Safety and effectiveness of drug-eluting versus bare-metal stents in saphenous vein bypass graft percutaneous coronary interventions: insights from the Veterans Affairs CART program.

Journal Article

BACKGROUND: Stenosis of saphenous vein grafts (SVGs) after coronary artery bypass grafting (CABG) is common and often requires percutaneous coronary interventions (PCI) for treatment. However, data for the effectiveness of drug-eluting stents (DES) versus bare-metal stents (BMS) in SVG-PCI are unclear. OBJECTIVES: This study sought to examine the association between DES versus BMS used during SVG PCI and clinical outcomes in the national Veterans Affairs integrated healthcare system. METHODS: We studied a national cohort of 2,471 post-CABG veterans undergoing SVG-PCI between 2008 and 2011 at all Veterans Affairs hospitals and compared clinical outcomes of between those receiving DES and BMS. Clinical outcomes included procedural complications, myocardial infarction (MI), and all-cause mortality. Comparisons were made in a propensity-matched cohort using Cox proportional hazards regression models. RESULTS: DES were used in 1,549 SVG-PCI patients (63%) and the use of DES increased progressively with each calendar year (50% in 2008 to 69% in 2011). Incidence of procedural complications was low and comparable in both groups (2.8% among BMS vs. 2.3% among DES patients; p = 0.54). During long-term (>2 years) follow-up, use of DES was associated with lower mortality than BMS (hazard ratio [HR]: 0.72; 95% confidence interval [CI]: 0.57 to 0.89) and similar rates of MI (HR: 0.94; 95% CI: 0.71 to 1.24) in the propensity-matched cohort. CONCLUSIONS: In a national cohort of veterans, we observed widespread and increasing use of DES during SVG-PCI. In long-term follow-up, compared with BMS, DES use was safe and effective in SVG-PCI patients.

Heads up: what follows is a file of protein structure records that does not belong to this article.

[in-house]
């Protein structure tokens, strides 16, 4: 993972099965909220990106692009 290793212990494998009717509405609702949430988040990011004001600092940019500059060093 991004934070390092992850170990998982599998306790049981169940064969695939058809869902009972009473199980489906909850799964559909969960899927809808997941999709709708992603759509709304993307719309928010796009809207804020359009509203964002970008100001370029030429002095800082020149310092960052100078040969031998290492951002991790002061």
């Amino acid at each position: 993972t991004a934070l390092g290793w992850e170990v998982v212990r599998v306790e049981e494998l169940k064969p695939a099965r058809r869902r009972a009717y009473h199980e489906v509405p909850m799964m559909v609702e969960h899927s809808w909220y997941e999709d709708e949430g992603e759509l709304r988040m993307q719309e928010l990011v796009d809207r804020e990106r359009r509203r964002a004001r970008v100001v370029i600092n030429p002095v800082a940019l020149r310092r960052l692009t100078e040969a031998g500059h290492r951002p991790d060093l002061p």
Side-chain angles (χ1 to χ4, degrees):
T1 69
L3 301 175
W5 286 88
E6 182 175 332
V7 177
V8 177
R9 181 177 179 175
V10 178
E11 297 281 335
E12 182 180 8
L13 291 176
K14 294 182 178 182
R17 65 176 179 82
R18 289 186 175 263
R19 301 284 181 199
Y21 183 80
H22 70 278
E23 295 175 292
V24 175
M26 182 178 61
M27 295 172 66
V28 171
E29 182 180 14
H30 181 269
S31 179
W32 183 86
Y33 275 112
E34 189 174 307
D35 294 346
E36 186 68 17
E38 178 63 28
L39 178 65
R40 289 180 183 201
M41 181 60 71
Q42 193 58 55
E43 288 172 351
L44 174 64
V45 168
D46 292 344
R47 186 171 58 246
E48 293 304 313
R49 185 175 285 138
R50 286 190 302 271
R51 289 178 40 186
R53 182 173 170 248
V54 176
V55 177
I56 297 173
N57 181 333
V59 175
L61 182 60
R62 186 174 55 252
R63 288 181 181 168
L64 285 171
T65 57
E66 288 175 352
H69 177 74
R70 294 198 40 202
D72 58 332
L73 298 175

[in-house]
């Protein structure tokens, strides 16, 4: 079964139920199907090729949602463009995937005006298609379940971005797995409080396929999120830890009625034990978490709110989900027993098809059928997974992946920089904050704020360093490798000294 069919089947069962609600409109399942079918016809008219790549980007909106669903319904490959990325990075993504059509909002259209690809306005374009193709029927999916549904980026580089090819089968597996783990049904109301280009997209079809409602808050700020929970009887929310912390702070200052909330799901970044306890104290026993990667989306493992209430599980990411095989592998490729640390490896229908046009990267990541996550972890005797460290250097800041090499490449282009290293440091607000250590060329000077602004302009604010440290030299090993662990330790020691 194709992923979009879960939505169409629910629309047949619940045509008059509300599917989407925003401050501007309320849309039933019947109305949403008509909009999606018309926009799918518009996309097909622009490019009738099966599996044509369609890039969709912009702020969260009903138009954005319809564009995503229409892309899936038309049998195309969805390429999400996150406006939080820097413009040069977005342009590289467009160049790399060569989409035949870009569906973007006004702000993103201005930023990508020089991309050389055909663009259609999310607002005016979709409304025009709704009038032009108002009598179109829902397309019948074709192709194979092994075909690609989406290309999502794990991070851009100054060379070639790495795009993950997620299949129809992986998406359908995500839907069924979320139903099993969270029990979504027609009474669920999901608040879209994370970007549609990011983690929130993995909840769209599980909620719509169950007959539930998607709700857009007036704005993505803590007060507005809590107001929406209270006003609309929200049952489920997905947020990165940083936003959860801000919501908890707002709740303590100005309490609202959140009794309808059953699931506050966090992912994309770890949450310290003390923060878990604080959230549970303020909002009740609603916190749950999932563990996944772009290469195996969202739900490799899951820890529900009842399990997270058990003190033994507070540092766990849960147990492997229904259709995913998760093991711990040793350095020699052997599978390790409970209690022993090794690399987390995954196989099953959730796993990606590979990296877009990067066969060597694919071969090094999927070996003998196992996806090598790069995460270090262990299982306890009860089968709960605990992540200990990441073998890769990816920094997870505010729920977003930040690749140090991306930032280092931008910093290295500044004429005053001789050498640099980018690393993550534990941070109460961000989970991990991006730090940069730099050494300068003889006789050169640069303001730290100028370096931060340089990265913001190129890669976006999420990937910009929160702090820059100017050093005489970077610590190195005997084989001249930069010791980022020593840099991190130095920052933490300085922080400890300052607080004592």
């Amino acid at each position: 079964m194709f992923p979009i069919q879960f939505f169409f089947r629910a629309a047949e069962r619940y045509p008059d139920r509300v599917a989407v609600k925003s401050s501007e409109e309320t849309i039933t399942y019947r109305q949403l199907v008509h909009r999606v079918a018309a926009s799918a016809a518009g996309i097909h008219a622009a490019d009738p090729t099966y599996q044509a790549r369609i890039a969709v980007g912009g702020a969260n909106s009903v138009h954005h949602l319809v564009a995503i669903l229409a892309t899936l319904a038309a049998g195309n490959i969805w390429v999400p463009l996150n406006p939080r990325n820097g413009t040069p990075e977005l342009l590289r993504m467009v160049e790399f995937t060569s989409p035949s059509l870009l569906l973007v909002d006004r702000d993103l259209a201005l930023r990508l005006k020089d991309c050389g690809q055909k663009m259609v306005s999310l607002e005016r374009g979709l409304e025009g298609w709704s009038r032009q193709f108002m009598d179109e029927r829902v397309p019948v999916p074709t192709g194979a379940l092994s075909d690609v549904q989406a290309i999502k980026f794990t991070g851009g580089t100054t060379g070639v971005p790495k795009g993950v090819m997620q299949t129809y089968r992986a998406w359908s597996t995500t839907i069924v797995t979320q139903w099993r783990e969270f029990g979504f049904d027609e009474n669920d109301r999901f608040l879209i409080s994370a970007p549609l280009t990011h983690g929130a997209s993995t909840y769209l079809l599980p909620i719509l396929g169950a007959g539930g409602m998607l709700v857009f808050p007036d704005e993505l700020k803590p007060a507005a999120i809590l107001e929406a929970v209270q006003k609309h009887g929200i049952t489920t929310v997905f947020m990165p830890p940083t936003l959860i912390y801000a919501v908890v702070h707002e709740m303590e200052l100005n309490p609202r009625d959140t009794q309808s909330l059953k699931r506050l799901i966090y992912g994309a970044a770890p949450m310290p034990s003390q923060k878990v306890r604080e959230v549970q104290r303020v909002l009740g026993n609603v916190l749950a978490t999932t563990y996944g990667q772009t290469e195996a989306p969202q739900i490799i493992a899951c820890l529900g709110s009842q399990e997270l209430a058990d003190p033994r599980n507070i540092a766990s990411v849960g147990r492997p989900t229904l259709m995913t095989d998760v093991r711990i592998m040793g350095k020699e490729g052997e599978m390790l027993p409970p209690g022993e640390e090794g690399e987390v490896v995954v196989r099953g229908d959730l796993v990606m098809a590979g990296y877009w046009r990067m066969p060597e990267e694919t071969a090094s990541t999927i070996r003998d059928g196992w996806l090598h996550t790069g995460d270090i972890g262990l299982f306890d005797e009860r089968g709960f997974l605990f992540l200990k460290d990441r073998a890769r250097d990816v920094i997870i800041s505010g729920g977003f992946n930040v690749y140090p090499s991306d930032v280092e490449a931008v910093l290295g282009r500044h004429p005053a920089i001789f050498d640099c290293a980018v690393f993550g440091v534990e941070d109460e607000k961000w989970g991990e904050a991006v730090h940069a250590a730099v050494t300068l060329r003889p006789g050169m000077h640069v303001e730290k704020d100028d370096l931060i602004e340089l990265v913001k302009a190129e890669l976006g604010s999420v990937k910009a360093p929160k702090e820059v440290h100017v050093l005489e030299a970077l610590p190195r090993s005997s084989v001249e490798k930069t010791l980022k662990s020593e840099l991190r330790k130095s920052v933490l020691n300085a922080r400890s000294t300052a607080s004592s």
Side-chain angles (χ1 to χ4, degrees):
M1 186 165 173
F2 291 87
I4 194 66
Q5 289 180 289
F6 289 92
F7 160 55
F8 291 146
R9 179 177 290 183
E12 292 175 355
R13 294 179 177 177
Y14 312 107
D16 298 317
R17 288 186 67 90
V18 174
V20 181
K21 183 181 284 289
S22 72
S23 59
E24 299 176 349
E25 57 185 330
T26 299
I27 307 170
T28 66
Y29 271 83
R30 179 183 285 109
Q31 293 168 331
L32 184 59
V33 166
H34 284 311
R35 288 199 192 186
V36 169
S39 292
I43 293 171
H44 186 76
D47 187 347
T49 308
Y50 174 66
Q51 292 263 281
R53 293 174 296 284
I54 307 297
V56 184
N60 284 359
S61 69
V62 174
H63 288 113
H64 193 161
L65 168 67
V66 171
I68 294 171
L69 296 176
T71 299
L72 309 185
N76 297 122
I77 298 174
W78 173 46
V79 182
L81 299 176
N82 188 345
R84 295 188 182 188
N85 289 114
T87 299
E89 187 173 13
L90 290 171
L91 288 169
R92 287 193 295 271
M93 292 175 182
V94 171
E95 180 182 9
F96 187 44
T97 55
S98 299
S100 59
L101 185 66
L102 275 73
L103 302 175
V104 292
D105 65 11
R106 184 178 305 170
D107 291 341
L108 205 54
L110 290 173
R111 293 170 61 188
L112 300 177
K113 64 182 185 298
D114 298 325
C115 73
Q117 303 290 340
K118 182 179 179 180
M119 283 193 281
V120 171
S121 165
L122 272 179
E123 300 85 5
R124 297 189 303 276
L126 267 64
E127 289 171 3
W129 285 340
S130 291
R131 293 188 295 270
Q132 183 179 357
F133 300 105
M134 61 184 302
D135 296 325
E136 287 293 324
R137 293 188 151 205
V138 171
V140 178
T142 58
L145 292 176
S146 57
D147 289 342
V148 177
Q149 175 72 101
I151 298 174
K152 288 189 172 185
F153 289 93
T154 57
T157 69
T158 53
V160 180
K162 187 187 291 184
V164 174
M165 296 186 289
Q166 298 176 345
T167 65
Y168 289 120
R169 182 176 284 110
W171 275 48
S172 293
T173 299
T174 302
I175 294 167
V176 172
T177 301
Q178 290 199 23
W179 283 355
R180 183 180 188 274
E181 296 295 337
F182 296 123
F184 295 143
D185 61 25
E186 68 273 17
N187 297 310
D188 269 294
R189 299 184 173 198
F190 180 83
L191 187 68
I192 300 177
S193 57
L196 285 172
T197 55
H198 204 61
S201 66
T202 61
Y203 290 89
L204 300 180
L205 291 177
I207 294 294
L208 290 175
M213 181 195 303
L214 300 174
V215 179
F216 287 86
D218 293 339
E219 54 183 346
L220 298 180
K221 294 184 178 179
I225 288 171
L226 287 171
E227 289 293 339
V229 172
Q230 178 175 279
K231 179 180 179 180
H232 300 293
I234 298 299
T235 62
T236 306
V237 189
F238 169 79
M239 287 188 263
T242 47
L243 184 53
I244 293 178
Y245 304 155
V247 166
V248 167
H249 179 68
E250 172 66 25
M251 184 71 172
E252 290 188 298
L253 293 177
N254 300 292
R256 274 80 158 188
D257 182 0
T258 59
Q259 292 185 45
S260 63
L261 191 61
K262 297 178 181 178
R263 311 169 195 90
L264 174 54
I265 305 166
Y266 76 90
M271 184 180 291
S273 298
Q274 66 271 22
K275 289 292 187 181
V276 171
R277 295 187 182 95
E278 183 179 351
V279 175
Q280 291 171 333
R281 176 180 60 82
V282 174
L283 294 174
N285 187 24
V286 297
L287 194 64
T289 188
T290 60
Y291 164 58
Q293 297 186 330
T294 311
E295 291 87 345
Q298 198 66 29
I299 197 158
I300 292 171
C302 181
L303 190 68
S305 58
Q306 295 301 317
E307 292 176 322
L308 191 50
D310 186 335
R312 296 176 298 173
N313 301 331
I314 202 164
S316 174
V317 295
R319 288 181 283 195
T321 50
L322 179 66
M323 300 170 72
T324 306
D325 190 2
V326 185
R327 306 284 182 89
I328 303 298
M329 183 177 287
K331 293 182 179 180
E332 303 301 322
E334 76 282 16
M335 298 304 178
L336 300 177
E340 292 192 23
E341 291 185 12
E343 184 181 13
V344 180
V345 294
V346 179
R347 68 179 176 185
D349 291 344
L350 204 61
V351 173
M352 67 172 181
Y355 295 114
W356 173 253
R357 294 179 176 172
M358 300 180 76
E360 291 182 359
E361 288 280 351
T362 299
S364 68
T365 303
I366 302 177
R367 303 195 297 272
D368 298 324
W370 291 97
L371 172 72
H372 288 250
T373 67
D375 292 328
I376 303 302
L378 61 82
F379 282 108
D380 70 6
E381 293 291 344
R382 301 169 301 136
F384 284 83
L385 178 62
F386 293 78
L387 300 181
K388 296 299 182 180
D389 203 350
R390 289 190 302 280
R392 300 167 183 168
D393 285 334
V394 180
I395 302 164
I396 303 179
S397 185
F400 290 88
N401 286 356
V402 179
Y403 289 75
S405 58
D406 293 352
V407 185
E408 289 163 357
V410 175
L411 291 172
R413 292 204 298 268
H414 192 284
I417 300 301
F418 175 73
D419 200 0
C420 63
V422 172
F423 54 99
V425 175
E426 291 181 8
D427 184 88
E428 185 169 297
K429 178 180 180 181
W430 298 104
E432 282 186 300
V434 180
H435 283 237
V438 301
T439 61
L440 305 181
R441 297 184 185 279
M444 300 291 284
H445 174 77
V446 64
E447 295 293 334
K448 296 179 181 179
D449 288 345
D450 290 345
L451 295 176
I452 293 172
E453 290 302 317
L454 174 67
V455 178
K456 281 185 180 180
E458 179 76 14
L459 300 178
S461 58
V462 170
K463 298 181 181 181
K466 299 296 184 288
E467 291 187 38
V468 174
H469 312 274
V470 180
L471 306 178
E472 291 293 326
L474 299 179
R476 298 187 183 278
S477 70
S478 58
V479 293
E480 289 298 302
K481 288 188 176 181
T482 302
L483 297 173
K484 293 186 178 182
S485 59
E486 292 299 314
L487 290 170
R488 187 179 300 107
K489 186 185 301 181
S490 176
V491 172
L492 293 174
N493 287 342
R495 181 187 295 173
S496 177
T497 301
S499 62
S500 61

Full Text

Duke Authors

Cited Authors

  • Aggarwal, V; Stanislawski, MA; Maddox, TM; Nallamothu, BK; Grunwald, G; Adams, JC; Ho, PM; Rao, SV; Casserly, IP; Rumsfeld, JS; Brilakis, ES; Tsai, TT

Published Date

  • October 21, 2014

Published In

Volume / Issue

  • 64 / 17

Start / End Page

  • 1825 - 1836

PubMed ID

  • 25443706

Electronic International Standard Serial Number (EISSN)

  • 1558-3597

International Standard Serial Number (ISSN)

  • 0735-1097

Digital Object Identifier (DOI)

  • 10.1016/j.jacc.2014.06.1207

Language

  • eng